The premise of “Deadbeat,” the new original Hulu series starring Tyler Labine and Cat Deeley, is simple. Kevin is a couch-bound, 30-something slacker, indebted to his landlord, his drug dealer-slash-sidekick (Brandon T. Jackson), and just about every other metro New Yorker he comes across. He is also a fairly powerful medium, meaning he is able – with no apparent effort – to see and communicate with ghosts. Kevin employs this talent as the basis for a hustle – not a subversive, raucous racket like Michael J. Fox’s in “The Frighteners,” but just a way to pay his rent. The sad-sack ghost hunter attributes his flailing business to a city grown immune to spirits, but I’d suggest his lack of enthusiasm might have something to do with his lack of clientele. Somewhere within the “Deadbeat” press materials, the show is described as a cross between “The Big Lebowski” and “The Sixth Sense.” This is generous. With only a negligible fraction of the originality of either of those two cultural touchstones, “Deadbeat” has much more in common with less inspired supernatural slacker/stoner shows like “Wilfred” and Tyler Labine’s 2007 series “Reaper.” So, perhaps fittingly, it's lazy and unambitious, the narrative equivalent of an idle afternoon on the couch.
Ostensibly, Kevin is unhappy, but he seems unconcerned with any possible method of rectifying that situation. His only real imperative seems to be to get a date with Camomile, even though she’s a fraud, he knows it, and also she hates him. Somebody should sit this guy down and make him watch, at least, the last act of “Broadcast News.” Cat Deeley (“So You Think You Can Dance”) does not so much star in “Deadbeat” as recur. There are episodes in which she only shows up in the last two minutes and others in which she does not appear at all. Her repeated absence wouldn’t be so noticeable if her character did not represent what feels like the show’s only glimmer of uniqueness. She plays Camomile White – it’s funny because she’s British – a shrill but glamorous celebrity medium with no supernatural abilities bent on debunking Kevin’s real ones. OK, so, no, it’s not that unique, but Deeley leans into it like a "SYTYCD" jazz number.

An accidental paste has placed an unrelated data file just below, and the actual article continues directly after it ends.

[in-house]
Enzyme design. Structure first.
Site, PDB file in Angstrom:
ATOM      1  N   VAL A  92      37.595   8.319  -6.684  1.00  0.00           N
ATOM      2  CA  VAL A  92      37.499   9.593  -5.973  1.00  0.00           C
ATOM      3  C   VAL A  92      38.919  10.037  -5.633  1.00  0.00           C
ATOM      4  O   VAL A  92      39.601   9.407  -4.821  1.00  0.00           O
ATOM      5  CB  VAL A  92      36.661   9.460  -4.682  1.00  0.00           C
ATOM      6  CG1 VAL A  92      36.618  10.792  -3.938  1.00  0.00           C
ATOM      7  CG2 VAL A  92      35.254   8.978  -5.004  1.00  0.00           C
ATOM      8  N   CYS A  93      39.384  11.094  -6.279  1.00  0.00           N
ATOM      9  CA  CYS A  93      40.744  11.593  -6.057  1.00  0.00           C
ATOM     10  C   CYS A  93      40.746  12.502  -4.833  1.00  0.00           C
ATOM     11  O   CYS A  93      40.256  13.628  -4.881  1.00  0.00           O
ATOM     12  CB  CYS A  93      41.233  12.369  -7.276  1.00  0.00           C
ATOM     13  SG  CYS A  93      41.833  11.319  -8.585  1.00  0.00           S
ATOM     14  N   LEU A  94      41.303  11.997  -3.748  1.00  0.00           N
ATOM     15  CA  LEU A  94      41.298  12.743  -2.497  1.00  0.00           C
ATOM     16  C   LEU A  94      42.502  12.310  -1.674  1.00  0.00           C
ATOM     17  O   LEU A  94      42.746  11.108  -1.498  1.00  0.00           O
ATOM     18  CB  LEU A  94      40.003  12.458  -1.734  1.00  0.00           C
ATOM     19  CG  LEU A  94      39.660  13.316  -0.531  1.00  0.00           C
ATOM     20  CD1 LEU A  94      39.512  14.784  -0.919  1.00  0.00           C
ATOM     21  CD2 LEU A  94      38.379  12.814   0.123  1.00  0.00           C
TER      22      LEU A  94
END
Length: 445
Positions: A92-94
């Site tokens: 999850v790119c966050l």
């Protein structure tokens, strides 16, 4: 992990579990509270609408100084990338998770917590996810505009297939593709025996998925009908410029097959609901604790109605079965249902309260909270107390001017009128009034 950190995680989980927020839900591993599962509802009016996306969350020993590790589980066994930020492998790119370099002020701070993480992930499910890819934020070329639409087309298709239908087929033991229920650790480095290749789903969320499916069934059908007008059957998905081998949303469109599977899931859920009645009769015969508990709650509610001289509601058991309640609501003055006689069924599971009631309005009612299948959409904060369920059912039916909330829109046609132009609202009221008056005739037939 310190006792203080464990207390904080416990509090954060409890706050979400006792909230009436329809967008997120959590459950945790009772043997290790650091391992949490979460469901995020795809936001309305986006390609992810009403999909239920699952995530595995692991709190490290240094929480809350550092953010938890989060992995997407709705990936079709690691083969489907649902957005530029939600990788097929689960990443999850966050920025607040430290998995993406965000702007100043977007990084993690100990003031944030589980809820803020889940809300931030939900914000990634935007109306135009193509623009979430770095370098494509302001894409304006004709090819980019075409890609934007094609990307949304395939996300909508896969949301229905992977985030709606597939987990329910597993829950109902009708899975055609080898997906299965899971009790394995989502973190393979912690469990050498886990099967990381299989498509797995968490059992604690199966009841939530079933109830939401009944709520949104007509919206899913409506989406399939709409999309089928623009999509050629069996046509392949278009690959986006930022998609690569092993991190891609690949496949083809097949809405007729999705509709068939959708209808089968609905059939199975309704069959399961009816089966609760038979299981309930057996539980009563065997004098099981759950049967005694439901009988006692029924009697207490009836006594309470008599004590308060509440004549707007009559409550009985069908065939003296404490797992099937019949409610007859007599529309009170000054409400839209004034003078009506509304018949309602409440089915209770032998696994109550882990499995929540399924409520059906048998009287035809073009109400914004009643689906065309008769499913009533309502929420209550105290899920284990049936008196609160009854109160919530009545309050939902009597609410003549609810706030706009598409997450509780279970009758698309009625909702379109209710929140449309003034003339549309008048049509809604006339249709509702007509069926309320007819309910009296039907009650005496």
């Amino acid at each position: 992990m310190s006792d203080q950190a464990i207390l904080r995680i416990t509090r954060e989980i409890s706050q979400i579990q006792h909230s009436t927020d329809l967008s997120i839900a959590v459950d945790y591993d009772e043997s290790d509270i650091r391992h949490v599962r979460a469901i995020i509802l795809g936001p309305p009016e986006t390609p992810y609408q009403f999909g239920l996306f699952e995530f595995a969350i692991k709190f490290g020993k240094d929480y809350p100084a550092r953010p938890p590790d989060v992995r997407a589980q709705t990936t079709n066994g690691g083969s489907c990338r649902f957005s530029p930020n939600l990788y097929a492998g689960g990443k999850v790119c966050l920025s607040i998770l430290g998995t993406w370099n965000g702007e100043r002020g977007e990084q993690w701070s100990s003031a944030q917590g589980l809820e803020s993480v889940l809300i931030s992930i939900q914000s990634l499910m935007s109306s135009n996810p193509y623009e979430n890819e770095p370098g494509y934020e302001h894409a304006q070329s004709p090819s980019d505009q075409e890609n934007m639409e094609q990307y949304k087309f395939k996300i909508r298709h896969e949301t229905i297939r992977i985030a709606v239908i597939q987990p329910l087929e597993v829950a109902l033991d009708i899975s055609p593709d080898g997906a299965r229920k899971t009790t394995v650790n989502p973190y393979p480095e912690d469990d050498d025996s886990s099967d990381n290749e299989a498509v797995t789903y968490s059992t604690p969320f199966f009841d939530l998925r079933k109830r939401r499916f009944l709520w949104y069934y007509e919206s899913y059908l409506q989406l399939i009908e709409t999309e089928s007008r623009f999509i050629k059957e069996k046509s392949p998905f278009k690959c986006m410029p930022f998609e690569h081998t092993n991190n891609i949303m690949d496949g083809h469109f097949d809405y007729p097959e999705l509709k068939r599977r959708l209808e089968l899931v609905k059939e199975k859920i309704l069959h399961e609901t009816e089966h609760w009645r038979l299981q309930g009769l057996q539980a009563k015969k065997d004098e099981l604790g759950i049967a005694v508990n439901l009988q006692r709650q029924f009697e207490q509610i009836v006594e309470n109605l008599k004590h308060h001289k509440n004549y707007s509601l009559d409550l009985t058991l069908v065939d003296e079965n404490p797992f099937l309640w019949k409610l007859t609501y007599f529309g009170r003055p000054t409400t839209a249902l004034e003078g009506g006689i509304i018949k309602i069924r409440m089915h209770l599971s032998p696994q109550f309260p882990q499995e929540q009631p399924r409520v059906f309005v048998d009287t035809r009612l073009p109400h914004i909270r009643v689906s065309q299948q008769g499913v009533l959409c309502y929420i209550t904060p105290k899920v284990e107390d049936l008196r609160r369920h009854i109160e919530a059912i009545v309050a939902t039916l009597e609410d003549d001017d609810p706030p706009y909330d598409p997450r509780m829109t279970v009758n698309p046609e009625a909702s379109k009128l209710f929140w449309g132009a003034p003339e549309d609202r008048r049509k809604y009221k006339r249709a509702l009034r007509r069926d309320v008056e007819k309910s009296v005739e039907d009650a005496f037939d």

The show takes two tropes with which we are all extremely familiar – the slacker comedy and the avenging ghost – and lowers the stakes. This has great comic potential; in the very first episode, Kevin is tasked by a disembodied soldier to help him finally lose his virginity. Later, another asks the medium to help his transplanted stomach prevail in an eating contest. I’m all for reveling in minutiae, but the result is a general lack of urgency, a sense that the show's creators put too much faith in the magical tonic of binge-watching. This is the unfortunate flip side to programs presented to us as binge-delicacies: If they don't give us enough to anticipate, it's easy to disengage. If this were a network sitcom, dispensed in slight, spaced-out installments, it might be more entertaining. But when a slew of episodes are dumped simultaneously, its low-level drama and minor stakes simply feel dull.
I remember watching the first three episodes of HBO’s “John From Cincinnatti” and hoping it would get better or resolve into something that might hook me. That never happened, and the show was canceled. But there was enough potential in those early episodes that I kept watching for three weeks. Shows like “Deadbeat,” which are given to us all at once – six, 10, 12 episodes at a time – seem so much more disposable. The strategy works when there is an instant spark of originality and urgency – see “House of Cards” or “Orange Is the New Black” -- when the narrative arc feels perfectly tailored to fit the season as a whole. But a sitcom like this – marginal in its conception, merely functional in its execution – is a different story. The slacker genre, it turns out, might not be a good fit for this kind of binge.
(All 10 episodes of “Deadbeat” will be available Wednesday on Hulu Plus.)